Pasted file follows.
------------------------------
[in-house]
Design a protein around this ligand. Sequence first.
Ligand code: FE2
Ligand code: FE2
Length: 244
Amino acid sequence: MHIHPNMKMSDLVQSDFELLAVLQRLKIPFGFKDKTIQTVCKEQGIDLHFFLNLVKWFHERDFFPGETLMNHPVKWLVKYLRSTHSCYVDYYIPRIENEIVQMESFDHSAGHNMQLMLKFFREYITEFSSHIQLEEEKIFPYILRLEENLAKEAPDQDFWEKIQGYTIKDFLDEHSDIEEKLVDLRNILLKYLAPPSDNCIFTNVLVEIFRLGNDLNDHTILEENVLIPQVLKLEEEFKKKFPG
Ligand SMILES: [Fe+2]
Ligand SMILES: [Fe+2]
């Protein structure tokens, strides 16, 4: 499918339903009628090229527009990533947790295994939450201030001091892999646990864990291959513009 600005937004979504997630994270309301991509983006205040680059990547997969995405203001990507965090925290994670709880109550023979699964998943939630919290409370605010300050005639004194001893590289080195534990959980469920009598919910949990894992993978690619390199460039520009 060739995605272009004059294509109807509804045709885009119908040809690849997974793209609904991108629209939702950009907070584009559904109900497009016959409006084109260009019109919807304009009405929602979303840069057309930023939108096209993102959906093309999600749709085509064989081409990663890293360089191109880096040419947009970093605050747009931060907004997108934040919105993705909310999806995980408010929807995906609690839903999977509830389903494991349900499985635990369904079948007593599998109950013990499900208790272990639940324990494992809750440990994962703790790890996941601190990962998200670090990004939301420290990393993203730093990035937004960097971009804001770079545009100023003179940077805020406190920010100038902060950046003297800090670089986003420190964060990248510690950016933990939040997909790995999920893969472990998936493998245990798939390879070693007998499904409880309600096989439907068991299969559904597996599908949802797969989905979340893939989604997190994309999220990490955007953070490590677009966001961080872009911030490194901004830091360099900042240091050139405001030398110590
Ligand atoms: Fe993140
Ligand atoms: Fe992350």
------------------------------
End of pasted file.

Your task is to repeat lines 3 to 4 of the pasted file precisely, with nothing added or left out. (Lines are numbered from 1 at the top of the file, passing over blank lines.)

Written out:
Ligand code: FE2
Ligand code: FE2